Jan 20 / Anaheim / NAMM Day Three

More meeting people, seeing things, hearing and playing on the floor of the exhibition. (Did a performance with my friend Artie Traum.)
I'm too burnt to write much here about the day's activities, but the NAMM Page is growing fast! - It's now two pages crammed with graphics, and includes the start of a new theme - Dome Sightings!

With late night uploading for the site, I'm not getting much sleep. Guess I'll catch up next week on the van rides of the CGT tour! (They're good about not asking me to drive.)

Jan 21 / Anaheim / NAMM Day Four

I met some more friends during the day - amazing how many musicians come to this event. I ran into Steve Hunter, guitarist on Peter Gabriel's first album and tour - we discussed his great picking part on Salsbury Hill. Soon after, I encountered Earl Slick, who played some of the guitar parts on the Double Fantasy album. We talked about how each of us has fared in dealing with the tragedy of John's death. I took more photos for the Namm pages, and left slightly before they started packing up all those instruments and amps. Next for me will be rehearsals, in Long Beach, with the California Guitar Trio and Pat Mastelotto on drums. (And, of course, nights I'll be touching up the details on the new web pages.)

Jan 22 / Long Beach / Summing up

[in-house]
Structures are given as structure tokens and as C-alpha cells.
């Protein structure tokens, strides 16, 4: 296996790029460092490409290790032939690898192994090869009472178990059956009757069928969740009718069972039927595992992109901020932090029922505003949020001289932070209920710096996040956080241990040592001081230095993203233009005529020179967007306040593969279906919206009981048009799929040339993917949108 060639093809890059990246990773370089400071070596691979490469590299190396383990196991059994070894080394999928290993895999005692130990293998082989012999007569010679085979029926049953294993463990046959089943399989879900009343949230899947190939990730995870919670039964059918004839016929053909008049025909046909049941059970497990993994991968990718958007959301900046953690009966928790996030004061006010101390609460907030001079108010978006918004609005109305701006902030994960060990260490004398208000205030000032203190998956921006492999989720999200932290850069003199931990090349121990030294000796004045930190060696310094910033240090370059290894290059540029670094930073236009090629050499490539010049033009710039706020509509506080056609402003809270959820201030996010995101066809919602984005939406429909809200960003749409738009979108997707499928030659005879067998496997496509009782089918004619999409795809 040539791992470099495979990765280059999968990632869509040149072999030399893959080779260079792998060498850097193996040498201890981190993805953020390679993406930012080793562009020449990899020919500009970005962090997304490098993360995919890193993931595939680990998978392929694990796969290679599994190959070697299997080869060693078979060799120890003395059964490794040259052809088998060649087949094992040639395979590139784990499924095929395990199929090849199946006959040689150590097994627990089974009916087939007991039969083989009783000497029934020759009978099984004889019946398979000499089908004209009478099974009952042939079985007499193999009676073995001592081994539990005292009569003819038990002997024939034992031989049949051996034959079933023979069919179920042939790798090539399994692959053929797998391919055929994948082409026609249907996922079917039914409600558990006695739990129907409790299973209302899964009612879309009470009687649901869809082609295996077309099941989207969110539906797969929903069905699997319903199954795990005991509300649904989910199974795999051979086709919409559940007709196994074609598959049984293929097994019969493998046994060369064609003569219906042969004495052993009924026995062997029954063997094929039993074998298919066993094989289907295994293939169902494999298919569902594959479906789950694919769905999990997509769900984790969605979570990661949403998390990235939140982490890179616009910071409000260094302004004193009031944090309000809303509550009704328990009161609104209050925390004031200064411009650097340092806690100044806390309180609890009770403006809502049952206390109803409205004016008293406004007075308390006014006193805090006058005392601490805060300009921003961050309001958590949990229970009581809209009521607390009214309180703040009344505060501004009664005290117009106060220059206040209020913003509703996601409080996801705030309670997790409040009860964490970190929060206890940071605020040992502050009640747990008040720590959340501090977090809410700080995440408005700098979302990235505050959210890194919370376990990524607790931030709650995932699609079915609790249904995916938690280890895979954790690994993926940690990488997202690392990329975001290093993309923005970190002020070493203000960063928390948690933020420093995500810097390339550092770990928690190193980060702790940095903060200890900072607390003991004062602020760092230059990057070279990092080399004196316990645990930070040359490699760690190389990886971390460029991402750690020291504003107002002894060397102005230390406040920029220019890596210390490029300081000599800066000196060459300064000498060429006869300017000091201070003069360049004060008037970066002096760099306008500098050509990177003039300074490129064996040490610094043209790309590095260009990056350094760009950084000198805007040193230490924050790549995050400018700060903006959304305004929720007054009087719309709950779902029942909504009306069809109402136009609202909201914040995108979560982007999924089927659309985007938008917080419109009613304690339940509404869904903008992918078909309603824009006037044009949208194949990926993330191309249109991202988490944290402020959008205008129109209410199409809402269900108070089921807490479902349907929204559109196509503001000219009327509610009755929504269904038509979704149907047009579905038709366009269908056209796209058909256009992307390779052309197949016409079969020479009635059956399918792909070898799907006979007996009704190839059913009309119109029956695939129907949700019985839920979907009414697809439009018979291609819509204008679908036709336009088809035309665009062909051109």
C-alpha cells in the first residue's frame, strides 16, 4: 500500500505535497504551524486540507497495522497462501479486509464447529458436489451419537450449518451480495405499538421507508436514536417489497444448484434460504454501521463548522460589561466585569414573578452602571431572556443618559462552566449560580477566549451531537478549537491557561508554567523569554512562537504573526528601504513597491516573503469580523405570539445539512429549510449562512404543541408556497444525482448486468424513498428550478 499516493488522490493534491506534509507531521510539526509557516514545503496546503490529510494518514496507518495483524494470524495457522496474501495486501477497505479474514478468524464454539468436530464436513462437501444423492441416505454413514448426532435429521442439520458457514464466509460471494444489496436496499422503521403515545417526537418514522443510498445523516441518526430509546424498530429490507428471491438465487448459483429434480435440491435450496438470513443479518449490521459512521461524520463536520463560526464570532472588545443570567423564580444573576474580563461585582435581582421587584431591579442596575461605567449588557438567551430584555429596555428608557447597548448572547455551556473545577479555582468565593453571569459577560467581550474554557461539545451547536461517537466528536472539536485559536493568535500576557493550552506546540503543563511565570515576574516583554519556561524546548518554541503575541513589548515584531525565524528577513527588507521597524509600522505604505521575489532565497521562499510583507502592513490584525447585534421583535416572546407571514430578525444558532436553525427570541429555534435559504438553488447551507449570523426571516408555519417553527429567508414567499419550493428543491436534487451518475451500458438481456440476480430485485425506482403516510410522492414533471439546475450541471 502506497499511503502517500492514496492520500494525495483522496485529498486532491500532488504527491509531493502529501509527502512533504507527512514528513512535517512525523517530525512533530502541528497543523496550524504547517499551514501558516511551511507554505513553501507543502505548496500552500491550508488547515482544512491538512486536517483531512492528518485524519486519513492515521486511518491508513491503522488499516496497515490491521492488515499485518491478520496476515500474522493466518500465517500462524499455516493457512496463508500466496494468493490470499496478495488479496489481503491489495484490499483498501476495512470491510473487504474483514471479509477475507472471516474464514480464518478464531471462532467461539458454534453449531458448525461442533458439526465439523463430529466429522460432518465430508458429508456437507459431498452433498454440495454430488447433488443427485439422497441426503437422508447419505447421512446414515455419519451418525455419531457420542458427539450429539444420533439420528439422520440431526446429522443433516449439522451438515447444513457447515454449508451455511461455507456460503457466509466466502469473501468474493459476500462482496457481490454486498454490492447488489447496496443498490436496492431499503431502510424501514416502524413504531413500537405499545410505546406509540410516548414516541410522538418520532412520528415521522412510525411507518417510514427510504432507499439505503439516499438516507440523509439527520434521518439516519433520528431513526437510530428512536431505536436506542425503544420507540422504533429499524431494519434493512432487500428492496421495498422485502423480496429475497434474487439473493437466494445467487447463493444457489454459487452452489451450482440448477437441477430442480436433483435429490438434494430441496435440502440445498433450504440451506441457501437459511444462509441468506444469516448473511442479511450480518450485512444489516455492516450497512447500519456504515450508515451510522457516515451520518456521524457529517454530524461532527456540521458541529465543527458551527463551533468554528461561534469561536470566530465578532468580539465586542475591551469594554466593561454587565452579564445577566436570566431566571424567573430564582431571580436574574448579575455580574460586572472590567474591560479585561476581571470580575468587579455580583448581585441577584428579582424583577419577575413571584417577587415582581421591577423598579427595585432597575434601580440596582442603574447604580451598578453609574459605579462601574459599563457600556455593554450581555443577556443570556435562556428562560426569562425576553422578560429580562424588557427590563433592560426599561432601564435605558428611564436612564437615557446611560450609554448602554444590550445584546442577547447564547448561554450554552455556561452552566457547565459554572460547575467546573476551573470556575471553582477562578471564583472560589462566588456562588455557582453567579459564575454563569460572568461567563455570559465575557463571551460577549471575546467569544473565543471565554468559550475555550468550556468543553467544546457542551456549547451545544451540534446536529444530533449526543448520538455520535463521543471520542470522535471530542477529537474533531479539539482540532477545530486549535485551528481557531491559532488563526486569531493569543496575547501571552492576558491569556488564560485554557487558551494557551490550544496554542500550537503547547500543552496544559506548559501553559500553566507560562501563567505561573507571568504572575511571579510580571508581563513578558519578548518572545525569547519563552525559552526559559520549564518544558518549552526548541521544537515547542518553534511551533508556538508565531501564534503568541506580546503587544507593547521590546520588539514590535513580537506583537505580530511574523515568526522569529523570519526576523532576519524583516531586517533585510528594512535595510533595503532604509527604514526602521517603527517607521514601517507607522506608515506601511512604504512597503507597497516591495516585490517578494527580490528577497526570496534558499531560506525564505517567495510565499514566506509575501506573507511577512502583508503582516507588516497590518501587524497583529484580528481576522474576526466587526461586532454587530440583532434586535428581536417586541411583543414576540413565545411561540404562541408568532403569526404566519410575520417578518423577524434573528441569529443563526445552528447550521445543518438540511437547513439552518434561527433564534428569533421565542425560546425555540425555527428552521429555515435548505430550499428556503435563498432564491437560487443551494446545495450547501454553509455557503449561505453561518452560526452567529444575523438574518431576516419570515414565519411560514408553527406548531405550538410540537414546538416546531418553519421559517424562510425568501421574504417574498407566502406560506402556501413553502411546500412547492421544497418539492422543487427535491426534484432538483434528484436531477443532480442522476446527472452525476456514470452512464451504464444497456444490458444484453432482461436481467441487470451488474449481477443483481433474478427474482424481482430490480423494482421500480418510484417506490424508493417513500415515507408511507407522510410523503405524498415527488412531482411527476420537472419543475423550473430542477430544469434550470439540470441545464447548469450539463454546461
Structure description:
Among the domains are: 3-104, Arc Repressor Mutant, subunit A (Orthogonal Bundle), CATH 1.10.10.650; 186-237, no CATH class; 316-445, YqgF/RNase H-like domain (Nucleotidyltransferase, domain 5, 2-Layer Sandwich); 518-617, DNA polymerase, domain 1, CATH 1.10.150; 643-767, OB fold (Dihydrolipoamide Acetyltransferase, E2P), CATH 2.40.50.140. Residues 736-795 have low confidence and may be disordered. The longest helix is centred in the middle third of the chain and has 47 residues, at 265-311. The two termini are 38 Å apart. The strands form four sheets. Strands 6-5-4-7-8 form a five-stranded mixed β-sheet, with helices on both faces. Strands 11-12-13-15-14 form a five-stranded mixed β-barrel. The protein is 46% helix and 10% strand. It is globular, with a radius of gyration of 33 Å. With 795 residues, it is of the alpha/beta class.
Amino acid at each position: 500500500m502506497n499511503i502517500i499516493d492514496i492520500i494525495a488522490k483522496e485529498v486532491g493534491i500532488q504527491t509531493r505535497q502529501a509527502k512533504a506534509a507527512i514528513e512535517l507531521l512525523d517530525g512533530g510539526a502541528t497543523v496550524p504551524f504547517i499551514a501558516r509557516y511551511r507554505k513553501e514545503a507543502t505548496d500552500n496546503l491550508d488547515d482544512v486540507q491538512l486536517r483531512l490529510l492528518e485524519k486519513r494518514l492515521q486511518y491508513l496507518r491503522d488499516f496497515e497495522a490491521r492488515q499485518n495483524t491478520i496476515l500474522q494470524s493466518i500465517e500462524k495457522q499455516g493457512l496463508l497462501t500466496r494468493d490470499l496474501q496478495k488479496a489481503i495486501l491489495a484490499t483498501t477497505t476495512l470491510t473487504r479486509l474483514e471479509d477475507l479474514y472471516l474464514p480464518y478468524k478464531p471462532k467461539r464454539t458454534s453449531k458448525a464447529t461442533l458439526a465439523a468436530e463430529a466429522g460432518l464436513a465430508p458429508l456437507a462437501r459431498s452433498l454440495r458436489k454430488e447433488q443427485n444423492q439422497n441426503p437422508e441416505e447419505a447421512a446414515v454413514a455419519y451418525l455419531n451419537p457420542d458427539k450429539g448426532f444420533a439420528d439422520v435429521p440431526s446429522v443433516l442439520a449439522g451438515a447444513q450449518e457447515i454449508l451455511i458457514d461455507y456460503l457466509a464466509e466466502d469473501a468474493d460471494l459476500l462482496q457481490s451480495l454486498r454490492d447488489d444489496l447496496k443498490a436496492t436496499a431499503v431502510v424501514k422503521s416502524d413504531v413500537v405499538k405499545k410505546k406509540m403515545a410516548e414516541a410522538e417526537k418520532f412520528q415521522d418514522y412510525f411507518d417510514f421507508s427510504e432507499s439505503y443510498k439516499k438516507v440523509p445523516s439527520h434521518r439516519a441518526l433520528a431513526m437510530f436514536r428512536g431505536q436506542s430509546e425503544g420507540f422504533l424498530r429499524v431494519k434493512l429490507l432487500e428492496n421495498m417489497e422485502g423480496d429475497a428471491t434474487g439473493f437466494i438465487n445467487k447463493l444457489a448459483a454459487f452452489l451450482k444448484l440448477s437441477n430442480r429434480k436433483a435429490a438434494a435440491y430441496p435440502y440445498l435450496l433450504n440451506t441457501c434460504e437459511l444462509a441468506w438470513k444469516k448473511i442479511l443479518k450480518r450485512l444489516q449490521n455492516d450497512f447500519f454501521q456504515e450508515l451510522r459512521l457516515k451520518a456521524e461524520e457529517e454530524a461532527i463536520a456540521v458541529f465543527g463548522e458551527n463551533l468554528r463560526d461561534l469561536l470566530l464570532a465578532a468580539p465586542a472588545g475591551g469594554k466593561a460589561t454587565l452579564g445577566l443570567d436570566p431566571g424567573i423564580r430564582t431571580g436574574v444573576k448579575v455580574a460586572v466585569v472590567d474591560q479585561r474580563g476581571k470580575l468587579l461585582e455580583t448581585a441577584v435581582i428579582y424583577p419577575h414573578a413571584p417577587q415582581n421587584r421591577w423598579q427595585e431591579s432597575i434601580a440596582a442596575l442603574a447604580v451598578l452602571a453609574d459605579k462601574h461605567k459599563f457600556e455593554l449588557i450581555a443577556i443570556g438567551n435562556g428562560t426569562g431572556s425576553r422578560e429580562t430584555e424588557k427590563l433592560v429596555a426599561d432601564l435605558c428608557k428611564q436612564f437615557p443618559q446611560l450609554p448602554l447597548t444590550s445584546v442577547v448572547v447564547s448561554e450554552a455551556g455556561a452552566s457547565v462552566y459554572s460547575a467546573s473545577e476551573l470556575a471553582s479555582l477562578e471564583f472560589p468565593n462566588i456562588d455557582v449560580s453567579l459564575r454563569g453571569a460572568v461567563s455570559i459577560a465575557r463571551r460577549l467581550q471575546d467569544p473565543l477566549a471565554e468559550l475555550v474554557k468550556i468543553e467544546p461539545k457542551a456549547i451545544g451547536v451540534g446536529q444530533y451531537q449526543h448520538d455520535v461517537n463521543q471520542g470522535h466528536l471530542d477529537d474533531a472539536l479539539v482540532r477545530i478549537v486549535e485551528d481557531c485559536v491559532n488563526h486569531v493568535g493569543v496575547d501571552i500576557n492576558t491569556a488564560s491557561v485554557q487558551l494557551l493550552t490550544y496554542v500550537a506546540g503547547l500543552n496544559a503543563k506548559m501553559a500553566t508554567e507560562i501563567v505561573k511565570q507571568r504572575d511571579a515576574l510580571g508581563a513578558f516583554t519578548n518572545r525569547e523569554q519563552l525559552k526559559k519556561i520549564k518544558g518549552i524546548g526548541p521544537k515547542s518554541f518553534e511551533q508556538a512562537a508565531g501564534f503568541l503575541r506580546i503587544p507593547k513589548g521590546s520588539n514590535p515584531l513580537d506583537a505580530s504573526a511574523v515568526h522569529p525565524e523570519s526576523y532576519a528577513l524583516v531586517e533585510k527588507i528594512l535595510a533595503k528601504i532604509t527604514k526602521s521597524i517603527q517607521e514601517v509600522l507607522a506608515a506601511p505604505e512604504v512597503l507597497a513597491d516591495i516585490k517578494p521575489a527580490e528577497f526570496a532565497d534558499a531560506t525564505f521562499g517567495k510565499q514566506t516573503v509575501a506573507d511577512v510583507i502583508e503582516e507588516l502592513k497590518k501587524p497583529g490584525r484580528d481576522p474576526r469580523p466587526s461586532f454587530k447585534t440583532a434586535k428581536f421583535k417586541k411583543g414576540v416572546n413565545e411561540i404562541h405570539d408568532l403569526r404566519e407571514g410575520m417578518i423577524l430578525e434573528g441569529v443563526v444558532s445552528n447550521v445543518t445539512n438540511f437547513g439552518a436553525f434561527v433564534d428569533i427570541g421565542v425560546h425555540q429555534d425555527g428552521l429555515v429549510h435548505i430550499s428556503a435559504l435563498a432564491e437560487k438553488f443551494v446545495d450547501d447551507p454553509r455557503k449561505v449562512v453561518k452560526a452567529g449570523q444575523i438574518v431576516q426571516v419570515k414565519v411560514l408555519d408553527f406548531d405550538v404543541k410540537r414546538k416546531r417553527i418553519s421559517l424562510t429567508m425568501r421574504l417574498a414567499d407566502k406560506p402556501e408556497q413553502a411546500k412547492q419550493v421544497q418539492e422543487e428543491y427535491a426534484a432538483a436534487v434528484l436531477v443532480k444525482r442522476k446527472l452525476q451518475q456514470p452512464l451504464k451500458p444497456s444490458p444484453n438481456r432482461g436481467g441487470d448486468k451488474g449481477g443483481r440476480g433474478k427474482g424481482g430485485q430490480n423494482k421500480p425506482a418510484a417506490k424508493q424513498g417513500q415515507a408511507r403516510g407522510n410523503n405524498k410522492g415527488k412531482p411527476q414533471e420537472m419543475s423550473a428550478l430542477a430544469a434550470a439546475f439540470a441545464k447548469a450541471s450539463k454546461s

Some notes on the event, now that it's over: I had more fun this time than in the past at NAMM. Partly because I was documenting it a bit, for you, the web visitors.(That might be more fun than actually participating.) Partly because I was able to plug into the comraderie of the musicians - it's all over the place, and a great thing - but you can easily miss it because there's a heavy business thing going on all over, with companies, large and small, trying to sell their stuff! (Which is, I guess, what the show is about!)

Anyway, high points for me were not in things I saw, but just hanging out episodes.
  The very special concert Music Man put on, which had all those great guitarists, who are also gracious guys, grouped together backstage. (You should see Lukather going wild watching Morse play - this is what the community of musicians is all about.)
  The Chapman Stick booth, always glad to greet everyone, always with different talented Stick players playing along quietly, so as not to disturb other booths (a rarity at NAMM) and a willingness to share knowledge, ideas, and dreams about the Stick with what has truly become a community of players.
  My meeting up with some old friend: Steve Hunter of the early Peter Gabriel Band, Earl Slick from the John and Yoko sessions back in 1980, bass designer Ned Steinberger, Pasquale Minieri - over from Italy, Jeff Pevar, Michael Rhodes, Ross Shafer, and lots more.
  A wild and wooly dinner with bassists Doug Wimbish and Dave Pomeroy - I wish I'd taped, and could share, the stories and bass lore from that night.
So, for once I'm not swearing NOT to go to the next NAMM, but admitting that it has a very nice side, and I'm glad I didn't miss it this year.